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8 Numbers to Save Your Life

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Health recommendations are revised regularly, which makes knowing what to aim for a moving target. Karen Fittall discovers the numbers you need to know now.

If you’re confused by what the latest advice is about everything from how dangerous spending too much time sitting down really is to how to safely top up your vitamin D levels, you’re not alone. Health advice changes all the time, as a result of new facts and research, which can make it hard to keep up. Based on the latest health information, here are eight numbers to live by.

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THE NUMBER OF GRAMS OF FIBRE YOU SHOULD TRY TO EAT EVERY DAY.

Last year, fibre intake was identified as the dietary factor that made the biggest difference to‘successful ageing’. People with the highest intake of fibre are nearly 80 per cent more likely to live a long and healthy life, free of everything from cancer and heart disease to high blood pressure, dementia and depression, say the Australian researchers behind the finding. It may be thanks to fibre’s ability to reduce the inflammation that’s linked to a wide range of iseases.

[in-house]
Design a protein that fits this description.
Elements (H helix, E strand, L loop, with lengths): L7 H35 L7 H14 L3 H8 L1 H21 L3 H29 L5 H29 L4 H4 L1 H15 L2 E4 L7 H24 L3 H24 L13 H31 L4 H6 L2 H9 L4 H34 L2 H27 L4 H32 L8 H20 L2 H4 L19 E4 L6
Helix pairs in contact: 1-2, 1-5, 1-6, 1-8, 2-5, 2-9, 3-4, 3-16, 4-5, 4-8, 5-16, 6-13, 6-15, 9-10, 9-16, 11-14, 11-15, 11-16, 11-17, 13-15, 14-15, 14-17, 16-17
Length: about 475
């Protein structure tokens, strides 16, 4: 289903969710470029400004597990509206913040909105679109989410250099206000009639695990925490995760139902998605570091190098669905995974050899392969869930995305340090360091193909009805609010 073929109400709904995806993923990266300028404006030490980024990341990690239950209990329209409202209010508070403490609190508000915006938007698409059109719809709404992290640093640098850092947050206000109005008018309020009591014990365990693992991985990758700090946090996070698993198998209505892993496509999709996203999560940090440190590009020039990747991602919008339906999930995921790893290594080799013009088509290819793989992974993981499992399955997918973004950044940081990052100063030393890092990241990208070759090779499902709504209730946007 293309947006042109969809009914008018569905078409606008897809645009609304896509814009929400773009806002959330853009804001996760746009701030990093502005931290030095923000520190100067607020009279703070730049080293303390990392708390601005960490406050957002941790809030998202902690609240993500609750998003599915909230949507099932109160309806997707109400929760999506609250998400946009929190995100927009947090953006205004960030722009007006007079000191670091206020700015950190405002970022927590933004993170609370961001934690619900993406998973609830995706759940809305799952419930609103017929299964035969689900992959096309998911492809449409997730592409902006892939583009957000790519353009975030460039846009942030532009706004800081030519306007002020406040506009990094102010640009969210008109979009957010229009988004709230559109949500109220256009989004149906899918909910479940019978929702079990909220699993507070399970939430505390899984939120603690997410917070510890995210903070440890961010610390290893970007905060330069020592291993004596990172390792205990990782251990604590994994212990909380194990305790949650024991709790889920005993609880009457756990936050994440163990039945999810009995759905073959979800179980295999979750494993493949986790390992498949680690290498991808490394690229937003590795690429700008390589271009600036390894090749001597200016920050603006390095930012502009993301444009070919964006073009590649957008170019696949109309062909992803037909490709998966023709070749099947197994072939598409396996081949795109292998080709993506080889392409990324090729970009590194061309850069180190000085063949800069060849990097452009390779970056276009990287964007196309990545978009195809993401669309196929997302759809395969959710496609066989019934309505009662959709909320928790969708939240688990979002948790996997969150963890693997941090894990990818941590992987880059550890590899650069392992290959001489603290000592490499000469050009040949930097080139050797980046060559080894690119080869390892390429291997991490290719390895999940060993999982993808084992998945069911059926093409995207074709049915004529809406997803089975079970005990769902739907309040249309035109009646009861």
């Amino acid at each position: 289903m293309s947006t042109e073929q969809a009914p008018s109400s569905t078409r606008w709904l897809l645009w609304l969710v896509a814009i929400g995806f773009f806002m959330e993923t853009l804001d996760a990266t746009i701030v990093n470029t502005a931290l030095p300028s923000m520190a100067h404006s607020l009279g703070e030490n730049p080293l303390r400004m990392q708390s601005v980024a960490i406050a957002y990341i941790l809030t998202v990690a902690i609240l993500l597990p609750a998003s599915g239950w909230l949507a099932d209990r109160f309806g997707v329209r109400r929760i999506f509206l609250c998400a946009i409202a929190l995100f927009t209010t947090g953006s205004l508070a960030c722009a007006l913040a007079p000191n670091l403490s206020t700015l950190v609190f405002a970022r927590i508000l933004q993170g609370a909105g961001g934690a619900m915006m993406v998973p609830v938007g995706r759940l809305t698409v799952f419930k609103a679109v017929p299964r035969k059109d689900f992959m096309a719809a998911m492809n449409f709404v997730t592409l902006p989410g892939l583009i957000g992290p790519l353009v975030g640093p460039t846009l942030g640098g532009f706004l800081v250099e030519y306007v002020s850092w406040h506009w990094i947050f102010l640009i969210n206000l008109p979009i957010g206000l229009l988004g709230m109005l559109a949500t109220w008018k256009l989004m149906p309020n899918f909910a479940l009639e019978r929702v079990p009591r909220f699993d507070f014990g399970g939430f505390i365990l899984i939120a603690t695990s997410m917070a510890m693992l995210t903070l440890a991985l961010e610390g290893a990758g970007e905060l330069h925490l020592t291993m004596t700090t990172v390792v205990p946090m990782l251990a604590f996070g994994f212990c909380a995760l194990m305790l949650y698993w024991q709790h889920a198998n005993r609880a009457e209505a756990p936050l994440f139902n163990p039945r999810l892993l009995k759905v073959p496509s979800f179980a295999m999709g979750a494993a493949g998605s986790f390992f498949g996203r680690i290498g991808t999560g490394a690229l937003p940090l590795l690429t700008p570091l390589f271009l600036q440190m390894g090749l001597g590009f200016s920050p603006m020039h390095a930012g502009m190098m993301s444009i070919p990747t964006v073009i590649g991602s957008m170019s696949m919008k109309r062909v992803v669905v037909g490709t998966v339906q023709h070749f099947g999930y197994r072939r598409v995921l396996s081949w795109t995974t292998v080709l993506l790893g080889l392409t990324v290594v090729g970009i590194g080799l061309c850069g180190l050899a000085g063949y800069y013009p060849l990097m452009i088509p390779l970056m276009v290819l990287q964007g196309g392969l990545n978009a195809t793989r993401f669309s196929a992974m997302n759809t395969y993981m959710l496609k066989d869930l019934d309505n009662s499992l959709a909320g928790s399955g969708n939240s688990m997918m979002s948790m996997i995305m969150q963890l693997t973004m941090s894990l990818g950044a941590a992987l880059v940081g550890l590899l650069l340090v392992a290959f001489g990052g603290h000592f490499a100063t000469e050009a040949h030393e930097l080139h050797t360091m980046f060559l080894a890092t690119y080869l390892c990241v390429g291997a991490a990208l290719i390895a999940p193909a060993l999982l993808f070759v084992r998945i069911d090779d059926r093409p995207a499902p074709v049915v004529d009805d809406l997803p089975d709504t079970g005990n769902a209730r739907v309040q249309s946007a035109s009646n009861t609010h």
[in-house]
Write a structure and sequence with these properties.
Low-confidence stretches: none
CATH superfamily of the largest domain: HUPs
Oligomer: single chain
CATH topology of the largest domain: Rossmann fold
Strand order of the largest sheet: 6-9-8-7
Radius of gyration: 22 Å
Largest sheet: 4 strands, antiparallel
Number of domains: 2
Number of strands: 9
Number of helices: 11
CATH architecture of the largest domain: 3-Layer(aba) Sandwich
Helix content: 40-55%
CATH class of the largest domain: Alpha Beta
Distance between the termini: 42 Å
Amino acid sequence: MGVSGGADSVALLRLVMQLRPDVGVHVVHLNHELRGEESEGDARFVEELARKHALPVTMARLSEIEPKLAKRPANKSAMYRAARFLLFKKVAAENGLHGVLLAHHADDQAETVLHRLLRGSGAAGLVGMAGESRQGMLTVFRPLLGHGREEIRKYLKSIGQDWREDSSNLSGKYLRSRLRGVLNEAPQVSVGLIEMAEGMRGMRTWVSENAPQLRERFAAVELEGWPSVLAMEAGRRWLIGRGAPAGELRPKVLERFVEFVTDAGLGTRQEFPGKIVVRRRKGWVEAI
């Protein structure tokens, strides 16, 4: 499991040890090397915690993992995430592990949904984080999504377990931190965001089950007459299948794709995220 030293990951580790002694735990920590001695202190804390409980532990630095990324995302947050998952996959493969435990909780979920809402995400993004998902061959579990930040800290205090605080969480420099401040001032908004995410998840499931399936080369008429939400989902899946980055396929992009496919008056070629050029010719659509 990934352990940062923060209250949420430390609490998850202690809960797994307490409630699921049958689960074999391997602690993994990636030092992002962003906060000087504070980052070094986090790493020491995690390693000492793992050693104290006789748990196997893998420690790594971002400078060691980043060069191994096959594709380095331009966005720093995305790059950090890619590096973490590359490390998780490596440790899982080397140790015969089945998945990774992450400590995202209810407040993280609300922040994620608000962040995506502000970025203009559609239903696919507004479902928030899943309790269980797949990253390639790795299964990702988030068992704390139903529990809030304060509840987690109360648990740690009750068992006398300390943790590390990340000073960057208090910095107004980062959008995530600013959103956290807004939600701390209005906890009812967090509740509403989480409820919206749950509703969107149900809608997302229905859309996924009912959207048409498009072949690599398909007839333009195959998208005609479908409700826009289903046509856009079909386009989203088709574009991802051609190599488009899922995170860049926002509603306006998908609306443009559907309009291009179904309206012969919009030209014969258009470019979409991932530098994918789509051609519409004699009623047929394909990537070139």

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That’s howmany hours you need to spend exercising each day, to offset the health risks of prolonged sitting. That’s the latest advice, after researchers discovered between 60 and 75 minutes of exercise a day was enough to eliminate the increased risk of early death associated with sitting for more than eight hours a day. The average Australian spends a little more than eight hours sitting down on non-work days, jumping to 10 hours on work days.

TO ACT ON IT: make sure the hour of exercise you get is moderate intensity, which means walking at a pace of at least 5.6km per hour or cycling at 16km per hour.

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HOW MANY YEARS YOU’LL SOON BE ABLE TO WAIT BETWEEN HAVING YOUR CERVICAL-CANCER SCREENING TEST.

In May, a five-yearly Cervical Screening Test will be introduced to replace the current two-yearly Pap test program. The new test is carried out the same way as a Pap smear, but rather than testing for abnormal cell changes, it tests for HPV, the virus that can actually cause pre-cancerous abnormalities. One HPV test every five years is more effective at protecting against cervical cancer and is just as safe as screening with a Pap test every two years.